He went away grieving: A reflection on Mark 10:17-22

He was shocked and went away grieving for he had many possessions. The Gospel of Matthew tells us this man was rich and the Gospel of Luke tells us he was a young ruler and so this man has traditionally been referred to as the rich young ruler.

It was custom in those days to seek a teacher who is both educated in the scriptures and draws in a crowd by their teaching to ask them what they might do to inherit eternal life. This wasn’t so much a reference to the future as to the here and now. A typical teacher would answer by giving their take on the law and in particular the commandments and would invite the inquirer to follow their sect (NT Wright).

This young man didn’t quietly seek Jesus. Instead he ran to him and knelt in front of him. Here is a man who understands that this Jesus is someone special. The rich young ruler was there to ask Jesus what he thought of the law and what kind of movement he was leading.

I can imagine Jesus playing with the rich young ruler to see how much he really understands when he calls Jesus “good”. Jesus replies by asking, “Why do you call me good? Only one is good and that is God.” This is more than about words. It is about Jesus’ divinity. By claiming that Jesus is good, did the rich young ruler realize he was claiming that Jesus was God?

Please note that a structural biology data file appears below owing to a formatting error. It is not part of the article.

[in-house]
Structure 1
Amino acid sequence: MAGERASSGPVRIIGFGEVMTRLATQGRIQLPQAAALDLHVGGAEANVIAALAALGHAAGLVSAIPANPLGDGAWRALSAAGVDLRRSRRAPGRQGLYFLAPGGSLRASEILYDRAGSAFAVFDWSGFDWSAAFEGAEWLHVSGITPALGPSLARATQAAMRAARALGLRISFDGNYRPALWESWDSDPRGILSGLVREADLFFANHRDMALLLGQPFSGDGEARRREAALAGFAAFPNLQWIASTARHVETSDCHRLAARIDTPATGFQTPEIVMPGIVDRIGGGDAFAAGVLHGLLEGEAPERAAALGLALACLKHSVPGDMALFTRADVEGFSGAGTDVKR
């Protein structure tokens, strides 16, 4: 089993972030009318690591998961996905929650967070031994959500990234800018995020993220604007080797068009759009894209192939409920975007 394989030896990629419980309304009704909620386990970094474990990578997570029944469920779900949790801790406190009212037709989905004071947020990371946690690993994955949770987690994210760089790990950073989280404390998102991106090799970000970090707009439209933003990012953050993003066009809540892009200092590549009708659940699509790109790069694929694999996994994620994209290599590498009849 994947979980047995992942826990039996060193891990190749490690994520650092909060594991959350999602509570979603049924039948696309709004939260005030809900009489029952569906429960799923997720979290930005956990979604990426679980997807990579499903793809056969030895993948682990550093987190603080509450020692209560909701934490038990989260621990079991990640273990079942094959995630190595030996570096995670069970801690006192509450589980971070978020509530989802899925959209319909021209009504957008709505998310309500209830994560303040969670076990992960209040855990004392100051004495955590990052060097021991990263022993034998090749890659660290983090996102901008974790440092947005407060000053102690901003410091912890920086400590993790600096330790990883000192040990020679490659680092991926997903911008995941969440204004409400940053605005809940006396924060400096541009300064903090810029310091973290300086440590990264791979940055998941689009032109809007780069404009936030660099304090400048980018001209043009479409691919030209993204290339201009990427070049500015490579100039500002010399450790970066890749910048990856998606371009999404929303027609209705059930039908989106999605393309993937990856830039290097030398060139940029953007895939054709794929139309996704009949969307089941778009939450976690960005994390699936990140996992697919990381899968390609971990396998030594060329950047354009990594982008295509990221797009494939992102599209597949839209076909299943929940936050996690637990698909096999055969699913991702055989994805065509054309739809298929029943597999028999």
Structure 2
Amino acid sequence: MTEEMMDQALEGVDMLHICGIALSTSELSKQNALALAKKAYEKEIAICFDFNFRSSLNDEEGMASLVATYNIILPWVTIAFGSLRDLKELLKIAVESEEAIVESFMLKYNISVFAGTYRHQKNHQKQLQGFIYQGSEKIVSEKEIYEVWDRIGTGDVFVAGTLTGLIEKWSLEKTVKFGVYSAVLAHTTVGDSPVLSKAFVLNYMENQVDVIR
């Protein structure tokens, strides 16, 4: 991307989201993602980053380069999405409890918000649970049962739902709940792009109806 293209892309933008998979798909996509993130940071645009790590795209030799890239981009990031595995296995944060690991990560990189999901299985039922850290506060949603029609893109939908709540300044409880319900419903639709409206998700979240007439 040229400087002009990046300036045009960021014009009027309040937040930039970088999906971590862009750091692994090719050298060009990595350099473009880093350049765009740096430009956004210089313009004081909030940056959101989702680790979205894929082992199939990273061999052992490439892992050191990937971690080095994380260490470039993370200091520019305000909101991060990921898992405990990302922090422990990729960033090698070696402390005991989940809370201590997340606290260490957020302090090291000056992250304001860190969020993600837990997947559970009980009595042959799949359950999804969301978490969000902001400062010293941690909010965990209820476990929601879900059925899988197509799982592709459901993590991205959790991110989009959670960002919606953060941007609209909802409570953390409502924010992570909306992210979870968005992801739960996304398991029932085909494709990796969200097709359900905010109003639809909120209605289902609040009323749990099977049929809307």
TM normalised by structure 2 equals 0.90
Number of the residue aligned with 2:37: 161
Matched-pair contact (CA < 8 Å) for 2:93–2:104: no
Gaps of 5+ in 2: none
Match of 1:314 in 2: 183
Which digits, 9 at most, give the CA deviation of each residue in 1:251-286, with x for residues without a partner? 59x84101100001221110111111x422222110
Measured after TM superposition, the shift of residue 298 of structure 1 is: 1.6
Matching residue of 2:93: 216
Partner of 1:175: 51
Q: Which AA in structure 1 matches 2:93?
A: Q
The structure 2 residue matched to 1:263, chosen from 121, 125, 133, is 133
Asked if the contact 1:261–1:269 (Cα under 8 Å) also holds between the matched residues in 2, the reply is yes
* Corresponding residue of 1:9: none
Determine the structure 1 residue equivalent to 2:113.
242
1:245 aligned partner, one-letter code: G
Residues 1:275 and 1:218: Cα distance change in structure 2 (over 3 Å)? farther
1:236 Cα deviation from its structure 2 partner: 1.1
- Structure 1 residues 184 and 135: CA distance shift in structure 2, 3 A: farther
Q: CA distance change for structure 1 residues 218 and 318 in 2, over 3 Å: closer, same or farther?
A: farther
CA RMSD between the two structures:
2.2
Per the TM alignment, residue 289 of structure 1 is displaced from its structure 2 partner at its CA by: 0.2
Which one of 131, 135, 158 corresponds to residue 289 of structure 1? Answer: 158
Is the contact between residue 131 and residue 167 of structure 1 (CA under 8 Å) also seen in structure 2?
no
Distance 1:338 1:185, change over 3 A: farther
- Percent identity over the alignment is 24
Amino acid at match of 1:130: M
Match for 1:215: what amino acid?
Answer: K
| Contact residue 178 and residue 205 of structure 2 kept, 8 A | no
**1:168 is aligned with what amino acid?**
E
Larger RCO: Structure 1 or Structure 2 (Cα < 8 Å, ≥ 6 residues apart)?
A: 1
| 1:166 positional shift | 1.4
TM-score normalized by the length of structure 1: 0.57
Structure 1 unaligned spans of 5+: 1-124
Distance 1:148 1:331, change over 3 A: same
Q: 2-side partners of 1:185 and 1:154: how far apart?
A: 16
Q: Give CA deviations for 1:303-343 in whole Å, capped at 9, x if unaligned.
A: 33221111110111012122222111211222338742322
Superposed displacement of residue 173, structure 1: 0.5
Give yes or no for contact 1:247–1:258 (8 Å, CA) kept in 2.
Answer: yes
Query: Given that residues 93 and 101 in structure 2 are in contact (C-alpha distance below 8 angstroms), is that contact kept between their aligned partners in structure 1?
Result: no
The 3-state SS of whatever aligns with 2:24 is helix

Jesus then answers his question – you know the commandments:

You shall not murder; You shall not commit adultery; You shall not steal; You shall not bear false witness; You shall not defraud; Honor your father and mother

The rich young ruler says that he has been keeping these commandments since he was young.

Jesus loved him. There is something admirable about someone who is trying to keep the 10 commandments and is seeking the truth. Then Jesus gazes deeply into the young man’s eyes with a piercing love that sees right into the soul. “You lack one thing”

Notice which of the 10 commandments Jesus did not mention:

  • Putting God first
  • No idols before God
  • Not taking God’s name in vain
  • The sabbath
  • and covetousness

Once again, Jesus gets at the heart of the matter. The rich young ruler was so attached to his wealth that he couldn’t sell everything to put God first and follow Jesus.

So the rich young ruler went away deeply sad.

He relied on his own wealth too much to rely on God.

Afterwards, Jesus says to his disciples, “How hard it will be for those who are wealthy to enter the kingdom of God!” and that it will be “easier for a camel to go through the eye of a needle than for a rich man to enter the kingdom of God”

The problem here is not the wealth itself. I know many faithful and wealthy people who serve God and who use their wealth to generously fund God’s mission around the world. The problem is not what you have in your bank account.